In the 1960s and early 1970s, most of the cars came from the twentieth century.
In a motorcycle, you have a Lambretta or Vespa.
In a motorcycle, you have a bullet or Java.
In a car, you have to choose between the ambassador and Fiat.
In the truck, it can be either Ashok Leyland or Tata.
In the tractor, it is between Swaraj and Mahindra.
This situation reflects the years of India. Economic reforms and deregulation have changed this situation. The automotive industry has written a new and inspiring story. It's an exciting diversity, unparalleled growth and a fun consumer experience story – all of which are done in a few years. India has become one of the fastest growing automotive markets in the world. This is a tribute to industry leaders and managers, as well as a tribute to policy makers. The automotive industry has the opportunity to surpass this remarkable achievement. It is standing at the door of a huge leap.
The Indian automotive industry is undergoing technological changes, and each company is committed to changing its processes and technologies to maintain its competitive edge and provide customers with optimized products and services. From two-wheelers, trucks and tractors to utility vehicles, commercial vehicles and luxury cars, the Indian automotive industry has made brilliant achievements in recent years.
"The opportunity is staring at your face. It only appears once. If you miss it, you won't get it again."
On the canvas of the Indian economy, the automobile industry maintains a high-speed development. The automotive industry has a strong multiplier effect and can be a driving force for economic growth because of its deep connection with several key parts of the economy. A sound transport system plays a vital role in the rapid development of the country’s economy and industry. The developed Indian automotive industry subtly performs this catalysis by producing a wide variety of vehicles: passenger cars, light, medium and heavy commercial vehicles, multi-purpose vehicles such as jeep, scooters, motorcycles, mopeds, Tricycles, tractors, etc.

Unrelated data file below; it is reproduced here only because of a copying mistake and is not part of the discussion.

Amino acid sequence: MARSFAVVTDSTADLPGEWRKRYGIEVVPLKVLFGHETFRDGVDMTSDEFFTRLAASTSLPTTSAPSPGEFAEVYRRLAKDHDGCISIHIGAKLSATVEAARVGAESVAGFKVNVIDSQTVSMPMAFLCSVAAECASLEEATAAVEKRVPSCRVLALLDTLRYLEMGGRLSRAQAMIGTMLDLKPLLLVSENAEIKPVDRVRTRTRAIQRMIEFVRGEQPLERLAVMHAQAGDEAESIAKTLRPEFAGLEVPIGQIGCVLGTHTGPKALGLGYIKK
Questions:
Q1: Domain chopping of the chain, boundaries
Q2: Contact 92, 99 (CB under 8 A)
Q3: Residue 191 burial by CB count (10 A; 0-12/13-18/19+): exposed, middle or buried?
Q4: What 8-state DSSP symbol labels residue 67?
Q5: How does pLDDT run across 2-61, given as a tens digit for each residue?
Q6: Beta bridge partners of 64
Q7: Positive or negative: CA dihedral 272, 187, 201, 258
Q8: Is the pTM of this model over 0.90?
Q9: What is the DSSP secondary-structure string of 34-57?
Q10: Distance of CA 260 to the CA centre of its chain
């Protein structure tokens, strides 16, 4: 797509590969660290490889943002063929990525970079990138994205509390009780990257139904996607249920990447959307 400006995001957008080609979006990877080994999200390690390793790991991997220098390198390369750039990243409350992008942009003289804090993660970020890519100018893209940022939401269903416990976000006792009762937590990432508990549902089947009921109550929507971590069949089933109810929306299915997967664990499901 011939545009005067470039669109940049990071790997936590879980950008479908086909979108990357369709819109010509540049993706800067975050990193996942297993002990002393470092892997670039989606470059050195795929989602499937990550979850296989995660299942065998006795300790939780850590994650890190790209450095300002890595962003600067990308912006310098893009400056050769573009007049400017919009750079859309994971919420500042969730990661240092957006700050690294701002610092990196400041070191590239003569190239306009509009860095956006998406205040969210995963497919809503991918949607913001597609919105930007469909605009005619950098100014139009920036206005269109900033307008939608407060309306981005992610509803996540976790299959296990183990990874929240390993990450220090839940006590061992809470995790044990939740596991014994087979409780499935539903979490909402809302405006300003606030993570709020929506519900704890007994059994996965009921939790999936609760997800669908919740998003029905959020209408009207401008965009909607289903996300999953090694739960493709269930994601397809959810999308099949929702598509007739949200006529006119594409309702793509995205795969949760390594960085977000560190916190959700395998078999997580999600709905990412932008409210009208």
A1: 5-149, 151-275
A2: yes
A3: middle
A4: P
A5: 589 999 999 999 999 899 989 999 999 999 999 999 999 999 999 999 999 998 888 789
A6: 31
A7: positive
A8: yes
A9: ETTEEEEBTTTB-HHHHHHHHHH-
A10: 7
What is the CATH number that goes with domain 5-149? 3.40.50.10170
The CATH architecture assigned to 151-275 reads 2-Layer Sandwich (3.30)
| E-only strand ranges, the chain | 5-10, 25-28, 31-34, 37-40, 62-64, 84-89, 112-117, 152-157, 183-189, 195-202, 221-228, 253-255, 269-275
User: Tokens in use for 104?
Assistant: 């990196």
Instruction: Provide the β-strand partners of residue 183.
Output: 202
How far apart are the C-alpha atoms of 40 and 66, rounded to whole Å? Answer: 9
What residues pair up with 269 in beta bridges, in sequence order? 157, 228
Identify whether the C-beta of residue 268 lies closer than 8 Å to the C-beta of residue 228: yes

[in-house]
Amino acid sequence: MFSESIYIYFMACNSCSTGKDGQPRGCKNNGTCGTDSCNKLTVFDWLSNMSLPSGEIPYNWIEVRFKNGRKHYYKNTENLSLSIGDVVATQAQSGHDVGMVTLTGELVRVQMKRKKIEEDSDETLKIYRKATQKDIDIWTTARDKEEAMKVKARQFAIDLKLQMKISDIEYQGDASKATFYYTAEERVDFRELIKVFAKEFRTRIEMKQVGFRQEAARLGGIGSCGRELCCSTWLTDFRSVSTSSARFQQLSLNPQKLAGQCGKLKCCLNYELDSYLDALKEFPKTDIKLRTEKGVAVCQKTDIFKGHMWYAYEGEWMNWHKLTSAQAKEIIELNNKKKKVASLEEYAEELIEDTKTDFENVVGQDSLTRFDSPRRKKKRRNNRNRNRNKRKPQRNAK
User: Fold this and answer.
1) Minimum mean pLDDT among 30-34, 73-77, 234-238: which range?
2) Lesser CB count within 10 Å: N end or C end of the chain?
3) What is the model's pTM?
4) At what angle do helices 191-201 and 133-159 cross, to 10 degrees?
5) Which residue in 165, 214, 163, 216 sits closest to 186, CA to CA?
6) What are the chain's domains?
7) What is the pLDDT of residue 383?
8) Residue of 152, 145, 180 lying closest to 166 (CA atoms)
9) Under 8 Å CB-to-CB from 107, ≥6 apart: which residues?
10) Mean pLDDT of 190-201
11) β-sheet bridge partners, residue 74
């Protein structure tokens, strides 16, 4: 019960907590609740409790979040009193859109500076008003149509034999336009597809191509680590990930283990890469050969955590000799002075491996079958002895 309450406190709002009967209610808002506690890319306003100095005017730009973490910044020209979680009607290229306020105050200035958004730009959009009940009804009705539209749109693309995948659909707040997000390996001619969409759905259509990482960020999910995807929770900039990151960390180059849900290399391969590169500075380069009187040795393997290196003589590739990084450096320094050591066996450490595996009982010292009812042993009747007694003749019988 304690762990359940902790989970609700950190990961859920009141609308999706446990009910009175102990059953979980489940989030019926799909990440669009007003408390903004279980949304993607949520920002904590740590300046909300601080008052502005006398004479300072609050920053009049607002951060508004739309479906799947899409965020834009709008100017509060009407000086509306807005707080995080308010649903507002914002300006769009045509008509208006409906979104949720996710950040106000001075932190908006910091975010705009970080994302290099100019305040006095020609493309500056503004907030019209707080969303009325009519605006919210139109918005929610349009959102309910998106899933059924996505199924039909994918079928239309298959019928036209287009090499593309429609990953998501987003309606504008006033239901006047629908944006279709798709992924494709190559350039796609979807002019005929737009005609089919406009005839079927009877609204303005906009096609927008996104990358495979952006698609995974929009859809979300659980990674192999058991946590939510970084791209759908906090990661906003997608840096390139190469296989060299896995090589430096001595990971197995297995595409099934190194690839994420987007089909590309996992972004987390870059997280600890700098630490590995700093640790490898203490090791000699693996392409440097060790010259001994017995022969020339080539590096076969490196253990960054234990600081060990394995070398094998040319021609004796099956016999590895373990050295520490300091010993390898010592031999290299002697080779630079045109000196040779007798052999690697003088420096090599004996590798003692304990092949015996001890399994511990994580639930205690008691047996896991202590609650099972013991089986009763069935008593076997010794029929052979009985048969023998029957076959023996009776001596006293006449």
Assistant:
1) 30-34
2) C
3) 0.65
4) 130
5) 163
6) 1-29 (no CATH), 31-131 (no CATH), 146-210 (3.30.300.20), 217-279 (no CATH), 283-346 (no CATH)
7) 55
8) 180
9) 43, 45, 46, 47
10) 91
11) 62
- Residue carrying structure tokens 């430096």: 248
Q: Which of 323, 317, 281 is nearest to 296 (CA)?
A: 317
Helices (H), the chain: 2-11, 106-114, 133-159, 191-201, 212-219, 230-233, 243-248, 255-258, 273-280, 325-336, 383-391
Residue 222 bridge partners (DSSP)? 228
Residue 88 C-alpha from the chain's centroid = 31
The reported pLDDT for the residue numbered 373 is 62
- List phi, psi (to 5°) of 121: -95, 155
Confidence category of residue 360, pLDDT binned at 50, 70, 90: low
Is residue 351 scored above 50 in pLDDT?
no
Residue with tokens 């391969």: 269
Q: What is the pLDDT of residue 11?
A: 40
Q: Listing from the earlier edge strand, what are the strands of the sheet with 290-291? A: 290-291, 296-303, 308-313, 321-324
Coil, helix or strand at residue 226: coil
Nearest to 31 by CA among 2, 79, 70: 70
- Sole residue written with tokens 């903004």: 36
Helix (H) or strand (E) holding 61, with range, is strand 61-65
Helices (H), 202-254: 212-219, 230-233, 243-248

The automotive industry is one of the core industries of the Indian economy, and its prospects reflect the country's economic recovery. The continued economic liberalization of the Indian government over the years has made India one of the major commercial destinations for many global automotive companies. The Indian automotive industry has an annual growth rate of approximately 18%.
“The automotive industry is just a multiplier, a driving force for employment, investment and technology.”
The Indian automotive industry began a new journey in 1991, through the refinement of the sector, and subsequently opened up 100% of foreign direct investment through automated routes. Since then, almost all global professional companies have established their own factories in India, from 2 million in 1991 to 9.7 million in 2006 [accounting for nearly 7% of global vehicle production, 2.4 of four-wheeler production]. %].
From 2000-2001 to 2005-2006, the cumulative annual growth rate of the automotive industry was 17%. The cumulative annual growth rate of exports from 2000-01 to 2005-06 was 32.92%. It is expected that the output of the automobile industry will increase by more than 20% in 2006-07, and the growth rate in 2007-08 will be about 15%. Exports are expected to increase by more than 20% during the same period.